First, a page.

Flying Disc Golf Fans Push For Course In RPB

Flying disc golf supporters attended the Royal Palm Beach Village Council meeting Thursday, July 18 to push for their project, after learning that financing for the planned flying disc golf course might be used instead for a larger dog park.

At a budget workshop July 2, council members responded to residents’ requests to increase the size of a planned dog park at the new Royal Palm Beach Commons Park, and shifted priority in its capital budget to an expanded dog park over a flying disc course recommended by staff.

During public comment July 18, Alexandra Munley of Bobwhite Road said she had read about the shift in priorities.

“I’m very confused what the issue is as to having one over the other,” Munley said, noting that the cost estimate is $30,000 for the flying disc course and as much as $100,000 for a larger dog park.
Mayor Matty Mattioli said the budget is not finalized and another workshop is set for Thursday, Aug. 15.

“It was suggested [the dog park] was going to be done, but all of this is going to be discussed, I would presume at the next budget meeting,” Mattioli said. “Whether they both can be done, I have no idea.”

Munley said she is a physical education teacher and felt it would be great to be able to bring her students to a flying disc course.

Councilman Richard Valuntas explained to Munley that the plan for the park currently was not only a disc golf course, but also a dog park.

“The dog park people came in and said, basically, that’s not enough. We need a bigger dog park and we should allot more money toward that,” he said.

Valuntas said the choice was never either/or because they are both in the budget. It’s just a question of prioritization.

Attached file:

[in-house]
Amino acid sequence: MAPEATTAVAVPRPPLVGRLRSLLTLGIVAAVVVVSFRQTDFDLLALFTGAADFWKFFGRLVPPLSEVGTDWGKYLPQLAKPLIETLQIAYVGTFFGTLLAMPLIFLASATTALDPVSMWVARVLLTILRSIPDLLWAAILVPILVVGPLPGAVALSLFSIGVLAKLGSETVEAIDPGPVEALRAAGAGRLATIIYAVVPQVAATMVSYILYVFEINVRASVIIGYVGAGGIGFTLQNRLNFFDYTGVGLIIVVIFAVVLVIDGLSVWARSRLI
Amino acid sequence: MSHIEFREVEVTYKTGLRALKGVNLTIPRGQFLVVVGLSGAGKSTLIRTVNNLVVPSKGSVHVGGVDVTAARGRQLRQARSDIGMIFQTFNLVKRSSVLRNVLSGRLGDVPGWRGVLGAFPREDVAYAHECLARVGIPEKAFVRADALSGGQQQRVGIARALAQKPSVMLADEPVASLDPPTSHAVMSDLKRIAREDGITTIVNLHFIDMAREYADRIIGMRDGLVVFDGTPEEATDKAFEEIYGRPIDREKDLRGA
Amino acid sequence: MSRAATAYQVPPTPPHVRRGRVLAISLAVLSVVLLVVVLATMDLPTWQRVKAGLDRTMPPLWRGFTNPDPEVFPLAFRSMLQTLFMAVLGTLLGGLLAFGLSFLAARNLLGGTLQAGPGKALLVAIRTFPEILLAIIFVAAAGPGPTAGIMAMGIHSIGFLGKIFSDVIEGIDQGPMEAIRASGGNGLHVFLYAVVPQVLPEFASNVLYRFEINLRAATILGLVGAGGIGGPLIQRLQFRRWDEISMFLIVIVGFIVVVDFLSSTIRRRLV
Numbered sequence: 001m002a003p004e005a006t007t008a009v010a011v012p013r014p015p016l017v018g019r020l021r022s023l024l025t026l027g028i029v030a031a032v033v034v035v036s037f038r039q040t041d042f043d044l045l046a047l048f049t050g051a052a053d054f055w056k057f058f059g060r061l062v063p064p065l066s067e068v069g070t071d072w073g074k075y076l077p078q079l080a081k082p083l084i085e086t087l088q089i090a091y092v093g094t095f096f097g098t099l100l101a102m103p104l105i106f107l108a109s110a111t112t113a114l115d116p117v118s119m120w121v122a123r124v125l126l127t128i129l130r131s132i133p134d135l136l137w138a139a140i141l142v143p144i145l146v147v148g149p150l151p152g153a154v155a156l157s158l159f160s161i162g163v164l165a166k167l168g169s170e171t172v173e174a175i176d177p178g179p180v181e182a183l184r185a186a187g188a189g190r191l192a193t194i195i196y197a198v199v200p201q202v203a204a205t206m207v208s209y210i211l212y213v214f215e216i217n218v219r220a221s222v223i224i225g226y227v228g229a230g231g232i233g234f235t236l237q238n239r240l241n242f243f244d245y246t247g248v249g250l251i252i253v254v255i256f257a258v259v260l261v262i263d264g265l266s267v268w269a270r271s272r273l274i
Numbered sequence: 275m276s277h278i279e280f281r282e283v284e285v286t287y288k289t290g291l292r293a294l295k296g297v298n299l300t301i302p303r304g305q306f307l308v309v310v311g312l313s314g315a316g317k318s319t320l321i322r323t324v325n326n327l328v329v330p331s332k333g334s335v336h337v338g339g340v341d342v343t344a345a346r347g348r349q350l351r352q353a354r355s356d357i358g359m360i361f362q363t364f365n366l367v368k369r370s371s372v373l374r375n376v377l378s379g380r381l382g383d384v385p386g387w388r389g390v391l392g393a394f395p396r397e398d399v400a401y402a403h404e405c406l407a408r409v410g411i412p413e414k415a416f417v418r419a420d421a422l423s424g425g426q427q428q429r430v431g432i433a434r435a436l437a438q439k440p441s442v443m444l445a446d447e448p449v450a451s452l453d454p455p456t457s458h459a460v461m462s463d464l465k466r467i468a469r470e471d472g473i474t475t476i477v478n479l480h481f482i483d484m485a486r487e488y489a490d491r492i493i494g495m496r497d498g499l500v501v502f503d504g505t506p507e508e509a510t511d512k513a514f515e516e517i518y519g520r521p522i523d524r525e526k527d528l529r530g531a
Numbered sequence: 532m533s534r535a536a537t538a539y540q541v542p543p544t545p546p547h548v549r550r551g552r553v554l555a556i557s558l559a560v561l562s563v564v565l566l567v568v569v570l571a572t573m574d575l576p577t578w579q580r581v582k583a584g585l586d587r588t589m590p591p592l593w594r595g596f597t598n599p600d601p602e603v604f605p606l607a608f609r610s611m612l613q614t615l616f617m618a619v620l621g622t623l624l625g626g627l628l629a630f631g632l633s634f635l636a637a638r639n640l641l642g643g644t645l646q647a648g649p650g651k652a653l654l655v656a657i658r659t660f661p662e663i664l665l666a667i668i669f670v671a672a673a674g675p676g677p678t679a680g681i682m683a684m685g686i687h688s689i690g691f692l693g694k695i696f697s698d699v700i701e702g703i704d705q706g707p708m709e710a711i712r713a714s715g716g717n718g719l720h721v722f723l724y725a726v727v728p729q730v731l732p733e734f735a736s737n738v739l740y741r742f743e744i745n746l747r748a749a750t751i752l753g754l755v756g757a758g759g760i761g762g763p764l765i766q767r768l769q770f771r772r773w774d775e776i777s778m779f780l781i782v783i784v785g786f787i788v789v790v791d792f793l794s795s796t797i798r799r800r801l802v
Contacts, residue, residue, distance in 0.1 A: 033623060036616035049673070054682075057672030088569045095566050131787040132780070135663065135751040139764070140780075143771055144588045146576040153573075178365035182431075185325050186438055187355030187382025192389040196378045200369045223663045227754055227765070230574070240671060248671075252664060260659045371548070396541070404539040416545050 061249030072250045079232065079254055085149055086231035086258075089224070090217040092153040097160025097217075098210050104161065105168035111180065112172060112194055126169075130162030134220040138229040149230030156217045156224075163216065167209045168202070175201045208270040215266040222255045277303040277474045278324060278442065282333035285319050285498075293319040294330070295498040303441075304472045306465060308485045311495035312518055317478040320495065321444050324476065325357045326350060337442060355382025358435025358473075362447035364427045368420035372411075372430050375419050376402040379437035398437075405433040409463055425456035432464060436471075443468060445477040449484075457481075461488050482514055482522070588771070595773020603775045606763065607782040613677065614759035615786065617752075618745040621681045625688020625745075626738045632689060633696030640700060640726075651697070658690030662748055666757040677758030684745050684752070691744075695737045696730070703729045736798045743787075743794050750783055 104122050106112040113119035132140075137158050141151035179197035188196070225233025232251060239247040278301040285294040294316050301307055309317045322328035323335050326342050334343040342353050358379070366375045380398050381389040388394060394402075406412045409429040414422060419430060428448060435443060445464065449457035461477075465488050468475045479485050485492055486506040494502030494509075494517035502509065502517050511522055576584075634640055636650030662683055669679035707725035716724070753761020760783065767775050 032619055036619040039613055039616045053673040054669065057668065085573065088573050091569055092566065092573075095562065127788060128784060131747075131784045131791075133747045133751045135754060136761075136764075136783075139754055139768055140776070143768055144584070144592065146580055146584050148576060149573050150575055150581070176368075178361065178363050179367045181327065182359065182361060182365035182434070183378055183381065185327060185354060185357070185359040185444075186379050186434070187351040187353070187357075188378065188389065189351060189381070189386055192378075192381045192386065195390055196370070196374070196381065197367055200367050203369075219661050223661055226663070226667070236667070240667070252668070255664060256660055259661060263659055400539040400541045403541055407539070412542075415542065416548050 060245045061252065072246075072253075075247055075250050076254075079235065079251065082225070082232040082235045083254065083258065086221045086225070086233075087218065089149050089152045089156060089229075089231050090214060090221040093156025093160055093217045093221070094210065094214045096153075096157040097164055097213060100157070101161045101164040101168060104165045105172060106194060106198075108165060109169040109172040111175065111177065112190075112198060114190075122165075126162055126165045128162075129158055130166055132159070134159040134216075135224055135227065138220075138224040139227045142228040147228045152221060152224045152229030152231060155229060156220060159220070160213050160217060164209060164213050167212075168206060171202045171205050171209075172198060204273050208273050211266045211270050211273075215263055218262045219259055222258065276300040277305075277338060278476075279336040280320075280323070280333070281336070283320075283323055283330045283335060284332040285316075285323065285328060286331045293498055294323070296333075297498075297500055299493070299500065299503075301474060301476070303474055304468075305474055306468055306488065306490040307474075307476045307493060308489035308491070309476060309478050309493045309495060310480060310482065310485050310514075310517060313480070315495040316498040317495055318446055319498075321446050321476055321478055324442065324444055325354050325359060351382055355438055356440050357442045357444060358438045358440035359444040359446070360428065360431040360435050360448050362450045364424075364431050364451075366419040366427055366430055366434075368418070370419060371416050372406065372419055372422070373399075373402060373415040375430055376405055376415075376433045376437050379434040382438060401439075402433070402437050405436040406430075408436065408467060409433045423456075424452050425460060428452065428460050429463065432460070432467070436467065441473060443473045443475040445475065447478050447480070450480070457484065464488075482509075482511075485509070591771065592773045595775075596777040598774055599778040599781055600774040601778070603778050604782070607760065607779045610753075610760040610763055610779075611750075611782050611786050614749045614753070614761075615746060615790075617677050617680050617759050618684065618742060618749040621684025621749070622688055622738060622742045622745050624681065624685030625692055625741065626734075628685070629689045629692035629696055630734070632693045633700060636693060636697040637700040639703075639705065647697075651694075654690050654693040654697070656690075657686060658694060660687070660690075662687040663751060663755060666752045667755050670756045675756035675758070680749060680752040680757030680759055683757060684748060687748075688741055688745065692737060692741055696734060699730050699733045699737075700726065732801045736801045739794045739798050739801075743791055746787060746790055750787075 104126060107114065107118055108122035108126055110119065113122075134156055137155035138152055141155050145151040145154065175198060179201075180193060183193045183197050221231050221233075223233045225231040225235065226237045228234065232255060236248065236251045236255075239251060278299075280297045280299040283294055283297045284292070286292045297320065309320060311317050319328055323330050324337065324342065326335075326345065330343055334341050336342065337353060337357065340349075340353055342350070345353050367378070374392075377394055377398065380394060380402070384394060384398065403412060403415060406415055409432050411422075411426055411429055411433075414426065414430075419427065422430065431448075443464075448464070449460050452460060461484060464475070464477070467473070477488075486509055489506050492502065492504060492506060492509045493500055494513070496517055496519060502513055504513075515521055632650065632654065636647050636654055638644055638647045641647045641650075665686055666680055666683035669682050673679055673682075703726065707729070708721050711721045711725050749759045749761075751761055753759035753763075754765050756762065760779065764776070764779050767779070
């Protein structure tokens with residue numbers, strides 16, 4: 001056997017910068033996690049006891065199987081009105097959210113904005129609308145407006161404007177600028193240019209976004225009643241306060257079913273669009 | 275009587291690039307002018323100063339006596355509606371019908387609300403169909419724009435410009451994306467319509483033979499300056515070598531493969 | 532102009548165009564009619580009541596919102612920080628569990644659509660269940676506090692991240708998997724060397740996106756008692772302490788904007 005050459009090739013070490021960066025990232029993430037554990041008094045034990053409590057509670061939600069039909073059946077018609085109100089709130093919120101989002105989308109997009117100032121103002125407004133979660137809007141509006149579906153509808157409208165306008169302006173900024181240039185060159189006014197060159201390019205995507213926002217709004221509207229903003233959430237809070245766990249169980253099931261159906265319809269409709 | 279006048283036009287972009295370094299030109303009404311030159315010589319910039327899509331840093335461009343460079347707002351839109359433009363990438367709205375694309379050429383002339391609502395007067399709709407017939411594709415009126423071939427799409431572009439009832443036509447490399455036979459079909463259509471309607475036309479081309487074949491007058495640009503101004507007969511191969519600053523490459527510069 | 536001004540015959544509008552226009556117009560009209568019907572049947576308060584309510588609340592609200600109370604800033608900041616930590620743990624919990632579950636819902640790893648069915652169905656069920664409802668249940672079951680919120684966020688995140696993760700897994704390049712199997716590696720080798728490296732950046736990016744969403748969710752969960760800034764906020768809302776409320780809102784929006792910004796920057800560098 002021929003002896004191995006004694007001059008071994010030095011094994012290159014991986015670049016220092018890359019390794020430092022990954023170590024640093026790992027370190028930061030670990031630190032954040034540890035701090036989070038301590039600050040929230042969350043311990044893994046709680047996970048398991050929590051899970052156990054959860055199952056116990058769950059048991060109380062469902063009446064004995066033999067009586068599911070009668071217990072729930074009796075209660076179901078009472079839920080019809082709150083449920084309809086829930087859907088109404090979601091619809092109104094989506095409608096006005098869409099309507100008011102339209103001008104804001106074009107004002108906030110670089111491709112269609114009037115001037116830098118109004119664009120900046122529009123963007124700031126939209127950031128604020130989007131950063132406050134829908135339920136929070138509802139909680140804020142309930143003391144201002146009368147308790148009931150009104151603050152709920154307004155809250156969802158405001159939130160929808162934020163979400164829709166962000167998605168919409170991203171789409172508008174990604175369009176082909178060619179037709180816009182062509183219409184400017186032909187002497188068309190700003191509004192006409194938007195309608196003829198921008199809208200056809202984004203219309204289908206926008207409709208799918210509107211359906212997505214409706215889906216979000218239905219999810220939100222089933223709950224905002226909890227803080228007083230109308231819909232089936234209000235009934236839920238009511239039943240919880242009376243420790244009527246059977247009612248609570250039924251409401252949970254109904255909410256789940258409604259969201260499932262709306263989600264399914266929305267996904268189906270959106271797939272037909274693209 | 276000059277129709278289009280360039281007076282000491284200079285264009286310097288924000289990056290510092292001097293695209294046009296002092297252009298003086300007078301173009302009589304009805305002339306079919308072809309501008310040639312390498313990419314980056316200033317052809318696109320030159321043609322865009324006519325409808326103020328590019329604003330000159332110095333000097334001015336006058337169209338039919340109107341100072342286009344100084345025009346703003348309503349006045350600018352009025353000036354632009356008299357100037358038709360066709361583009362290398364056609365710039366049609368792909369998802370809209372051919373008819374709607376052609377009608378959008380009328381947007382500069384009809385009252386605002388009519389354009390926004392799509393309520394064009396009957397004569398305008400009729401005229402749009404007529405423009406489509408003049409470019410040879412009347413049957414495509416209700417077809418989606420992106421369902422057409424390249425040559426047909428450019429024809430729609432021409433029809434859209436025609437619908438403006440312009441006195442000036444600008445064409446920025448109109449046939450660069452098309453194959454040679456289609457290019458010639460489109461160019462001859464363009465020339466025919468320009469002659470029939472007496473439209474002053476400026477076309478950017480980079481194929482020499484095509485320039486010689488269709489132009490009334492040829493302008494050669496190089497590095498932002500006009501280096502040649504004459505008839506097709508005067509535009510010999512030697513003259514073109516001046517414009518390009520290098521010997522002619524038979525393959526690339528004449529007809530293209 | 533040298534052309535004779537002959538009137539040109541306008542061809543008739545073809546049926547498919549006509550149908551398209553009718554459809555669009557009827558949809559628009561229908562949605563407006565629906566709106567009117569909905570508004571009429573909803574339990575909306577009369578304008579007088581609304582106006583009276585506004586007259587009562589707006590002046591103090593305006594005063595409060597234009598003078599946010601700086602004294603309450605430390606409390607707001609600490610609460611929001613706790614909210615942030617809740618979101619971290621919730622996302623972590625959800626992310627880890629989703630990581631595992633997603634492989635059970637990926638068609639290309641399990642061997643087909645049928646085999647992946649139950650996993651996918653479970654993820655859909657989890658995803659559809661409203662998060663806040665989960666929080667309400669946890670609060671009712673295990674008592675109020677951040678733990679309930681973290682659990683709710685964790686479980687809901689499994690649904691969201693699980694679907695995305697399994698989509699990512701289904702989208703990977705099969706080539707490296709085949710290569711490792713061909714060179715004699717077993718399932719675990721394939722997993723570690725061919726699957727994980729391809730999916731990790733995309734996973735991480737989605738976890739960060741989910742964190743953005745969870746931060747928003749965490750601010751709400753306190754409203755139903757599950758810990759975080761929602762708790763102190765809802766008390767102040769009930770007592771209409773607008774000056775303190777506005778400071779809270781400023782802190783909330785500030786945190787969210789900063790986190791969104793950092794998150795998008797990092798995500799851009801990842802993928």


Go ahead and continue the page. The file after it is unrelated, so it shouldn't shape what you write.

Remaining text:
“I had never heard from anyone until tonight, that [a flying disc course] was something anyone wanted in our community,” he said. “People in our community had never expressed an interest to me about it.”

Councilman David Swift agreed that he had not heard from residents favoring a flying disc course.

“I will tell you one thing, I have been approached by people who want a larger dog park for almost two years, and with great intensity in the last election period,” Swift said. “No one has ever approached me about disc golf.”

Swift asked Valuntas and Vice Mayor Jeff Hmara, the present and immediate past liaisons to the Recreation Advisory Board, whether a flying disc course had been brought up by residents, and they said it had not.

Hmara said he had read a letter supporting a flying disc course from Tim Finan, athletic director at Crestwood Middle School, who teaches flying disc classes.

“We hadn’t realized there was that level of interest,” Hmara said. “The idea of having a workshop allows us to have discussions about alternatives and possibilities, so it was never a matter of either/or. It was, if anything, deferring, but with the increased interest, we can step back and see if we can do both.”

Finan, who was present to speak, said he had taught at Crestwood for more than 20 years. “I am a physical education teacher, athletic director, and this is a unit that I teach every year to 200 to 400 students,” he said. “It was over 500 last year.”

Finan said he felt $30,000 was an investment in a lifetime sport that is low-maintenance and will last for years. He said when the disc course was built at Okeeheelee Park, hundreds came after they found out it was there.

“With the ongoing fitness boom, it gives these kids something else to do,” Finan said. “From my standpoint, it’s about the children. I’ve been playing the sport for many years. I love it, and I guess I bring my passion to them.”

Finan said he sets up an 11-hole portable course at Crestwood, but it has to be taken down at night. He explained that the game is played just like regular golf, and although only one disc is necessary, he has a bag of discs he equates to drivers, chippers and putters.

“I think it would be a really big improvement to the western communities,” he said. “We’ve got two courses that are public, we’ve got one private course, and it’s just not enough for this county.”

Mattioli asked those interested to meet with Village Manager Ray Liggins and Parks & Recreation Director Lou Recchio to outline what they would like and how much it would cost to see if it can be fit into the budget.

Finan said he had walked the property that was earmarked for the course. “That is phenomenal property,” he said. “The way they’ve already developed so much for the golf course, with the elevation, the banyan trees, the drainage, it’s a beautiful piece of land.”

He added that the parking and restrooms for the driving range and putting and chipping greens would be perfect for a course.